David Tulis, Associated Press
COLUMBIA, S.C. — Thousands commemorating the Martin Luther King Jr. holiday Monday outside South Carolina's capitol heard a message that wouldn't have been out of place during the halcyon days of the civil rights movement a half-century ago: the need to protect all citizens' right to vote.
A similar tone was struck at Ebenezer Baptist Church in Atlanta, where King preached from 1960 until his death. There and in South Carolina, speakers condemned the voter identification laws they said are meant to suppress black voter turnout.
For most of 13 years in South Carolina, the attention at the NAACP's annual rally has been on the Confederate flag that still waves outside the Statehouse. But on Monday, the civil rights group shifted the focus to laws requiring voters to show photo identification before they can cast ballots, which the group and many other critics say is especially discriminatory toward African-Americans and the poor.
South Carolina's new law was rejected last month by the U.S. Justice Department, but Gov. Nikki Haley vowed to fight the federal government in court. At least a half-dozen other states passed similar voter ID laws in 2011.
"This has been quite a faith-testing year. We have seen the greatest attack on voting rights since segregation," said Benjamin Todd Jealous, president of the National Association for the Advancement of Colored People.
The shift in tactics was also noted by the keynote speaker, U.S. Attorney General Eric Holder. Last month, Holder said the Justice Department was committed to fighting any laws that keep people from the ballot box. He told the crowd he was keenly aware he couldn't have become the nation's first African-American attorney general without the blood shed by King and other civil rights pioneers.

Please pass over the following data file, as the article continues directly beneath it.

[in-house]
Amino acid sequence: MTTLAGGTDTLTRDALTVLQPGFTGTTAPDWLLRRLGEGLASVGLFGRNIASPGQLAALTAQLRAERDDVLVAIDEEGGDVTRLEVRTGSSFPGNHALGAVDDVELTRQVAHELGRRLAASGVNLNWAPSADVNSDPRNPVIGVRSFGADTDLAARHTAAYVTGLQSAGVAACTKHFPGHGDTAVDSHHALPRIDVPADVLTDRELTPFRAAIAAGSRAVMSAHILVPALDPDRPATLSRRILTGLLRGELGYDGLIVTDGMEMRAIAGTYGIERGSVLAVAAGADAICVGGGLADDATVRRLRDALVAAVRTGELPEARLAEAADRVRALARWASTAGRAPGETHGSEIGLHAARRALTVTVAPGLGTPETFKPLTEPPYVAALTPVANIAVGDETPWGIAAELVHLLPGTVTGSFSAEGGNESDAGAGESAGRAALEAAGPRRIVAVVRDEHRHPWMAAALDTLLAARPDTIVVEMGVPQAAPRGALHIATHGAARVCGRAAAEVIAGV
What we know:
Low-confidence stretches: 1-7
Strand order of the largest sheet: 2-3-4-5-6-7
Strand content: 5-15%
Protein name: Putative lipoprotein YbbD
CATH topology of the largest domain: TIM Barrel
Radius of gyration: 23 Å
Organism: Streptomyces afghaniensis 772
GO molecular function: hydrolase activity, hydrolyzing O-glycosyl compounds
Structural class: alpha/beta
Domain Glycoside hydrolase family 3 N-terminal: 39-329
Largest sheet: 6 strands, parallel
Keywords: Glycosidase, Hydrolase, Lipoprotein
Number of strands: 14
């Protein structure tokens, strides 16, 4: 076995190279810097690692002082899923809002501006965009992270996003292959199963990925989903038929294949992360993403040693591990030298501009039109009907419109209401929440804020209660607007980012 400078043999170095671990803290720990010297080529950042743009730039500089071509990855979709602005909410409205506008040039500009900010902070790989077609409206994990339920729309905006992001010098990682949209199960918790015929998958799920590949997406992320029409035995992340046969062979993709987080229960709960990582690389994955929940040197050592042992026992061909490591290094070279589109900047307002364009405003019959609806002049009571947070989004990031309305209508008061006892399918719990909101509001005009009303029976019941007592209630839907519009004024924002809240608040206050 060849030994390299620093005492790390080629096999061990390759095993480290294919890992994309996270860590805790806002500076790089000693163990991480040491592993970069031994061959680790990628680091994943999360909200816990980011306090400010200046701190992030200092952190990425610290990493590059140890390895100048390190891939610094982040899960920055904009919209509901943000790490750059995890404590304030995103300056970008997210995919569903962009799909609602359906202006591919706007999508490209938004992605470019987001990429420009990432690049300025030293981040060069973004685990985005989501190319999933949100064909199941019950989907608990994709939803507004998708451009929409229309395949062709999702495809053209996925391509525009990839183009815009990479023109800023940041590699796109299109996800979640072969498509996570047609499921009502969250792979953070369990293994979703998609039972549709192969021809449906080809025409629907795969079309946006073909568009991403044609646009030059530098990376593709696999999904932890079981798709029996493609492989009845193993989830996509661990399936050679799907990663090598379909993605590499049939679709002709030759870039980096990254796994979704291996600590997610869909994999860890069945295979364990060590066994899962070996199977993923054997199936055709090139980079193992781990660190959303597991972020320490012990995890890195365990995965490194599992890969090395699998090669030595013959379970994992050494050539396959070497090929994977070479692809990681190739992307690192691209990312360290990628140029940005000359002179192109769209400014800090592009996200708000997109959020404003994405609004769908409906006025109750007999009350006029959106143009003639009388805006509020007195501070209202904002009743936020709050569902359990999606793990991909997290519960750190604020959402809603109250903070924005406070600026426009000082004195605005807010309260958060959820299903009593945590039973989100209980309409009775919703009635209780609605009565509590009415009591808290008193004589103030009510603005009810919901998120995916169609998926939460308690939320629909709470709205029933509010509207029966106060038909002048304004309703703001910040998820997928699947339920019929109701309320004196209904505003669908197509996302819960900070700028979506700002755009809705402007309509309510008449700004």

"The right to vote is not only the cornerstone of our governance, it is the lifeblood of our democracy. And no force has proved more powerful, or more integral to the success of the great American experiment, than efforts to expand the franchise," Holder said. "Let me be very, very clear — the arc of American history has bent toward the inclusion, not the exclusion, of more of our fellow citizens in the electoral process. We must ensure that this continues."
Texas' new voter ID law is currently before the Justice Department, which reviews changes in voting laws in nine mostly Southern states because of their history of discriminatory voting practices. Other states that passed such laws in 2011 included Alabama, Kansas, Mississippi, Rhode Island, Tennessee and Wisconsin.
Similar laws already were on the books in Georgia and Indiana, and they were approved by President George W. Bush's Justice Department. Indiana's law, passed in 2005, was upheld by the U.S. Supreme Court in 2008.
Critics have likened the laws to the poll taxes and tests used to prevent blacks from voting during the civil rights era. Supporters, many of whom are Republicans, say such laws are needed to prevent fraud.
"I signed a bill that would protect the integrity of our voting," Haley said in a statement welcoming Holder to South Carolina.
At the Atlanta church where King once preached, the Rev. Raphael G. Warnock said some in America disrespect King's legacy by "cutting off those for whom he died and the principles for which he fought."
He called voter ID laws an affront to the memory of the civil rights leader.
"You cannot celebrate Dr. King on Monday, and undermine people's ability to vote on Super Tuesday," Warnock said.
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